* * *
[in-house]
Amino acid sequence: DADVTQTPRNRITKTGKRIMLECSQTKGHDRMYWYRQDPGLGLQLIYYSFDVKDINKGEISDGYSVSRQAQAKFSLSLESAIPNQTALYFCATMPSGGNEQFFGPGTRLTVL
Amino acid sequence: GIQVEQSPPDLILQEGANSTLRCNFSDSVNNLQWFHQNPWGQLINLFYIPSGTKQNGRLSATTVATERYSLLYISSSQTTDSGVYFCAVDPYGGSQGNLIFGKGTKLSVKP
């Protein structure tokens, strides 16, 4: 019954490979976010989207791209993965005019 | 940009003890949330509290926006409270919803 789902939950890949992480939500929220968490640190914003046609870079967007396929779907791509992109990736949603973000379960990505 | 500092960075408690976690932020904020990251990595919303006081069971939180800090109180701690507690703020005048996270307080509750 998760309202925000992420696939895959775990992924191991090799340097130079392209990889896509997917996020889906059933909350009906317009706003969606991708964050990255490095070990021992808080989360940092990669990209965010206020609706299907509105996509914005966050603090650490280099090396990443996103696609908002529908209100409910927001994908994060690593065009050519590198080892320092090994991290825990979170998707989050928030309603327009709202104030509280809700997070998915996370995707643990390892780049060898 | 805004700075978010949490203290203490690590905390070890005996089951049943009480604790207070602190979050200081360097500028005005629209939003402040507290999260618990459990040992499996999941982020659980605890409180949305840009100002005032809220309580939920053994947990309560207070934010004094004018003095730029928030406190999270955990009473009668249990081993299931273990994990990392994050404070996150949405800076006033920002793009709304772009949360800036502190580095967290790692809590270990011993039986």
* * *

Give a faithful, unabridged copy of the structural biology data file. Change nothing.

[in-house]
Amino acid sequence: DADVTQTPRNRITKTGKRIMLECSQTKGHDRMYWYRQDPGLGLQLIYYSFDVKDINKGEISDGYSVSRQAQAKFSLSLESAIPNQTALYFCATMPSGGNEQFFGPGTRLTVL
Amino acid sequence: GIQVEQSPPDLILQEGANSTLRCNFSDSVNNLQWFHQNPWGQLINLFYIPSGTKQNGRLSATTVATERYSLLYISSSQTTDSGVYFCAVDPYGGSQGNLIFGKGTKLSVKP
């Protein structure tokens, strides 16, 4: 019954490979976010989207791209993965005019 | 940009003890949330509290926006409270919803 789902939950890949992480939500929220968490640190914003046609870079967007396929779907791509992109990736949603973000379960990505 | 500092960075408690976690932020904020990251990595919303006081069971939180800090109180701690507690703020005048996270307080509750 998760309202925000992420696939895959775990992924191991090799340097130079392209990889896509997917996020889906059933909350009906317009706003969606991708964050990255490095070990021992808080989360940092990669990209965010206020609706299907509105996509914005966050603090650490280099090396990443996103696609908002529908209100409910927001994908994060690593065009050519590198080892320092090994991290825990979170998707989050928030309603327009709202104030509280809700997070998915996370995707643990390892780049060898 | 805004700075978010949490203290203490690590905390070890005996089951049943009480604790207070602190979050200081360097500028005005629209939003402040507290999260618990459990040992499996999941982020659980605890409180949305840009100002005032809220309580939920053994947990309560207070934010004094004018003095730029928030406190999270955990009473009668249990081993299931273990994990990392994050404070996150949405800076006033920002793009709304772009949360800036502190580095967290790692809590270990011993039986």